${\displaystyle p_{i}(q^{i},{\dot {q}}^{i},t)={\frac {\partial {\mathcal {L}}}{\partial {\dot {q}}^{i}}}}$
2. The velocities ${\displaystyle {\dot {q}}^{i}}$  are expressed in terms of the momenta pi by inverting the expressions in the previous step.
3. The Hamiltonian is calculated using the usual definition of H as the Legendre transformation of L:
${\displaystyle {\mathcal {H}}=\sum _{i}{\dot {q}}^{i}{\frac {\partial {\mathcal {L}}}{\partial {\dot {q}}^{i}}}-{\mathcal {L}}=\sum _{i}{\dot {q}}^{i}p_{i}-{\mathcal {L}}}$
Then the velocities are substituted for through the above results.

Deriving Hamilton's equations

Hamilton's equations can be derived by looking at how the total differential of the Lagrangian depends on time, generalized positions qi, and generalized velocities i:[4]

${\displaystyle \mathrm {d} {\mathcal {L}}=\sum _{i}\left({\frac {\partial {\mathcal {L}}}{\partial q^{i}}}\mathrm {d} q^{i}+{\frac {\partial {\mathcal {L}}}{\partial {\dot {q}}^{i}}}\mathrm {d} {\dot {q}}^{i}\right)+{\frac {\partial {\mathcal {L}}}{\partial t}}\mathrm {d} t}$

The generalized momenta were defined as

${\displaystyle p_{i}={\frac {\partial {\mathcal {L}}}{\partial {\dot {q}}^{i}}}}$

If this is substituted into the total differential of the Lagrangian, one gets

${\displaystyle \mathrm {d} {\mathcal {L}}=\sum _{i}\left({\frac {\partial {\mathcal {L}}}{\partial q^{i}}}\mathrm {d} q^{i}+p_{i}\mathrm {d} {\dot {q}}^{i}\right)+{\frac {\partial {\mathcal {L}}}{\partial t}}\mathrm {d} t}$

This can be rewritten as

${\displaystyle \mathrm {d} {\mathcal {L}}=\sum _{i}\left({\frac {\partial {\mathcal {L}}}{\partial q^{i}}}\mathrm {d} q^{i}+\mathrm {d} \left(p_{i}{\dot {q}}^{i}\right)-{\dot {q}}^{i}\mathrm {d} p_{i}\right)+{\frac {\partial {\mathcal {L}}}{\partial t}}\mathrm {d} t\,.}$

${\displaystyle \mathrm {d} \left(\sum _{i}p_{i}{\dot {q}}^{i}-{\mathcal {L}}\right)=\sum _{i}\left(-{\frac {\partial {\mathcal {L}}}{\partial q^{i}}}\mathrm {d} q^{i}+{\dot {q}}^{i}\mathrm {d} p_{i}\right)-{\frac {\partial {\mathcal {L}}}{\partial t}}\mathrm {d} t}$

The term on the left-hand side is just the Hamiltonian that was defined before, therefore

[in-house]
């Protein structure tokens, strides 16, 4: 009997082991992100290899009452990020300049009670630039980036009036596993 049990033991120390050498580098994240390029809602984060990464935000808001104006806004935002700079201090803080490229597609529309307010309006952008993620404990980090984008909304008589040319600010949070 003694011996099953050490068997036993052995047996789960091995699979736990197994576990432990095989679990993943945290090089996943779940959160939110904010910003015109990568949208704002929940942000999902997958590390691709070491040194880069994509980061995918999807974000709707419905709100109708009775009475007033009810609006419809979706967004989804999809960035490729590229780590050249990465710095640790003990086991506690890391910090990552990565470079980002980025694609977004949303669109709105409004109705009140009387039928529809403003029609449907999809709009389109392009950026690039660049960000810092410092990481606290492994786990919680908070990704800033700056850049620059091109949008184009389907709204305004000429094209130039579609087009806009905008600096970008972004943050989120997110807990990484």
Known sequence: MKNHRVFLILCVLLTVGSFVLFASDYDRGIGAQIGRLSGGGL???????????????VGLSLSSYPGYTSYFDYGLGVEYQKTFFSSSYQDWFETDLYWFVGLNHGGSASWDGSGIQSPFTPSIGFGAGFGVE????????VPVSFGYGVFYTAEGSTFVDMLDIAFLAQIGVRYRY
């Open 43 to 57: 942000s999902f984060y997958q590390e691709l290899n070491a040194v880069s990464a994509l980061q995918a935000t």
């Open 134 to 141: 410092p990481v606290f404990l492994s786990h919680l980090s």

${\displaystyle \mathrm {d} {\mathcal {H}}=\sum _{i}\left(-{\frac {\partial {\mathcal {L}}}{\partial q^{i}}}\mathrm {d} q^{i}+{\dot {q}}^{i}\mathrm {d} p_{i}\right)-{\frac {\partial {\mathcal {L}}}{\partial t}}\mathrm {d} t}$

It is also possible to calculate the total differential of the Hamiltonian H with respect to time directly, similar to what was carried on with the Lagrangian L above, yielding:

${\displaystyle \mathrm {d} {\mathcal {H}}=\sum _{i}\left({\frac {\partial {\mathcal {H}}}{\partial q^{i}}}\mathrm {d} q^{i}+{\frac {\partial {\mathcal {H}}}{\partial p_{i}}}\mathrm {d} p_{i}\right)+{\frac {\partial {\mathcal {H}}}{\partial t}}\mathrm {d} t}$

It follows from the previous two independent equations that their right-hand sides are equal with each other. The result is

${\displaystyle \sum _{i}\left(-{\frac {\partial {\mathcal {L}}}{\partial q^{i}}}\mathrm {d} q^{i}+{\dot {q}}^{i}\mathrm {d} p_{i}\right)-{\frac {\partial {\mathcal {L}}}{\partial t}}\mathrm {d} t=\sum _{i}\left({\frac {\partial {\mathcal {H}}}{\partial q^{i}}}\mathrm {d} q^{i}+{\frac {\partial {\mathcal {H}}}{\partial p_{i}}}\mathrm {d} p_{i}\right)+{\frac {\partial {\mathcal {H}}}{\partial t}}\mathrm {d} t}$

Since this calculation was done off-shell, one can associate corresponding terms from both sides of this equation to yield:

${\displaystyle {\frac {\partial {\mathcal {H}}}{\partial q^{i}}}=-{\frac {\partial {\mathcal {L}}}{\partial q^{i}}}\quad ,\quad {\frac {\partial {\mathcal {H}}}{\partial p_{i}}}={\dot {q}}^{i}\quad ,\quad {\frac {\partial {\mathcal {H}}}{\partial t}}=-{\partial {\mathcal {L}} \over \partial t}}$

On-shell, Lagrange's equations indicate that

${\displaystyle {\frac {\mathrm {d} }{\mathrm {d} t}}{\frac {\partial {\mathcal {L}}}{\partial {\dot {q}}^{i}}}-{\frac {\partial {\mathcal {L}}}{\partial q^{i}}}=0}$